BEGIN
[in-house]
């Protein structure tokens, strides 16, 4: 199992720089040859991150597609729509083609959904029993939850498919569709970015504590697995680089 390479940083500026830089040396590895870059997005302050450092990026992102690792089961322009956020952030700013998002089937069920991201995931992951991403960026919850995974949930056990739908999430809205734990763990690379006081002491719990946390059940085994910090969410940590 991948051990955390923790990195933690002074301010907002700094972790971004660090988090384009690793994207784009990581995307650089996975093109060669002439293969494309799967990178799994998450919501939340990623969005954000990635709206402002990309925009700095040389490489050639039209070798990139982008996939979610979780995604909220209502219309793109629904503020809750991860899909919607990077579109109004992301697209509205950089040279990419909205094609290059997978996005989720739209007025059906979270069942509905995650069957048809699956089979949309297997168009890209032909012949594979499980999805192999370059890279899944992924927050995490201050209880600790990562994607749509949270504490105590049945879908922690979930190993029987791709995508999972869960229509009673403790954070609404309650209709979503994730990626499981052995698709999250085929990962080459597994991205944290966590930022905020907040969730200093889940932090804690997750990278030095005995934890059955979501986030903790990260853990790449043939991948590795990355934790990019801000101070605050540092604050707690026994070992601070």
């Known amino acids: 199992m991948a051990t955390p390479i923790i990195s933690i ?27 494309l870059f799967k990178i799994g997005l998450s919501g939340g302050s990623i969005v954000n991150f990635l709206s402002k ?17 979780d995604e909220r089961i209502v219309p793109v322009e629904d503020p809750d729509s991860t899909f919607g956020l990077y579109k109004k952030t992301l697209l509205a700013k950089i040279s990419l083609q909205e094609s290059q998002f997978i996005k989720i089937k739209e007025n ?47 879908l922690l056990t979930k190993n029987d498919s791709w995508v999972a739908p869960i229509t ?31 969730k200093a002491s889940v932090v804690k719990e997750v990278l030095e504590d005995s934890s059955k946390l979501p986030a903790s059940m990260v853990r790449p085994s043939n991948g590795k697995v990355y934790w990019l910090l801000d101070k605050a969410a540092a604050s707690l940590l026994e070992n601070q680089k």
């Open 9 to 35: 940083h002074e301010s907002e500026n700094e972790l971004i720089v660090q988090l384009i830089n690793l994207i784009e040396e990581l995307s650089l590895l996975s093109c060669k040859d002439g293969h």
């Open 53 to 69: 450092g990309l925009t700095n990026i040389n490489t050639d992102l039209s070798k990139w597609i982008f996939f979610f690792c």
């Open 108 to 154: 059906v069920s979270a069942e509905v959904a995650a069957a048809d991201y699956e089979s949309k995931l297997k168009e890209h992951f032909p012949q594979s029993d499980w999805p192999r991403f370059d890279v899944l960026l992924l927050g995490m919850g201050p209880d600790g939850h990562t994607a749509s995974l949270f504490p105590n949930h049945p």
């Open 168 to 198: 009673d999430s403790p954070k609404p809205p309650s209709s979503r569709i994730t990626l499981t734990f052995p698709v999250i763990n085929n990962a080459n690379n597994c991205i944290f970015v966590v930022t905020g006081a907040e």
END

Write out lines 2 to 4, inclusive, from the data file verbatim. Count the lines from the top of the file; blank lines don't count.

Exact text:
């Protein structure tokens, strides 16, 4: 199992720089040859991150597609729509083609959904029993939850498919569709970015504590697995680089 390479940083500026830089040396590895870059997005302050450092990026992102690792089961322009956020952030700013998002089937069920991201995931992951991403960026919850995974949930056990739908999430809205734990763990690379006081002491719990946390059940085994910090969410940590 991948051990955390923790990195933690002074301010907002700094972790971004660090988090384009690793994207784009990581995307650089996975093109060669002439293969494309799967990178799994998450919501939340990623969005954000990635709206402002990309925009700095040389490489050639039209070798990139982008996939979610979780995604909220209502219309793109629904503020809750991860899909919607990077579109109004992301697209509205950089040279990419909205094609290059997978996005989720739209007025059906979270069942509905995650069957048809699956089979949309297997168009890209032909012949594979499980999805192999370059890279899944992924927050995490201050209880600790990562994607749509949270504490105590049945879908922690979930190993029987791709995508999972869960229509009673403790954070609404309650209709979503994730990626499981052995698709999250085929990962080459597994991205944290966590930022905020907040969730200093889940932090804690997750990278030095005995934890059955979501986030903790990260853990790449043939991948590795990355934790990019801000101070605050540092604050707690026994070992601070």
């Known amino acids: 199992m991948a051990t955390p390479i923790i990195s933690i ?27 494309l870059f799967k990178i799994g997005l998450s919501g939340g302050s990623i969005v954000n991150f990635l709206s402002k ?17 979780d995604e909220r089961i209502v219309p793109v322009e629904d503020p809750d729509s991860t899909f919607g956020l990077y579109k109004k952030t992301l697209l509205a700013k950089i040279s990419l083609q909205e094609s290059q998002f997978i996005k989720i089937k739209e007025n ?47 879908l922690l056990t979930k190993n029987d498919s791709w995508v999972a739908p869960i229509t ?31 969730k200093a002491s889940v932090v804690k719990e997750v990278l030095e504590d005995s934890s059955k946390l979501p986030a903790s059940m990260v853990r790449p085994s043939n991948g590795k697995v990355y934790w990019l910090l801000d101070k605050a969410a540092a604050s707690l940590l026994e070992n601070q680089k």
């Open 9 to 35: 940083h002074e301010s907002e500026n700094e972790l971004i720089v660090q988090l384009i830089n690793l994207i784009e040396e990581l995307s650089l590895l996975s093109c060669k040859d002439g293969h």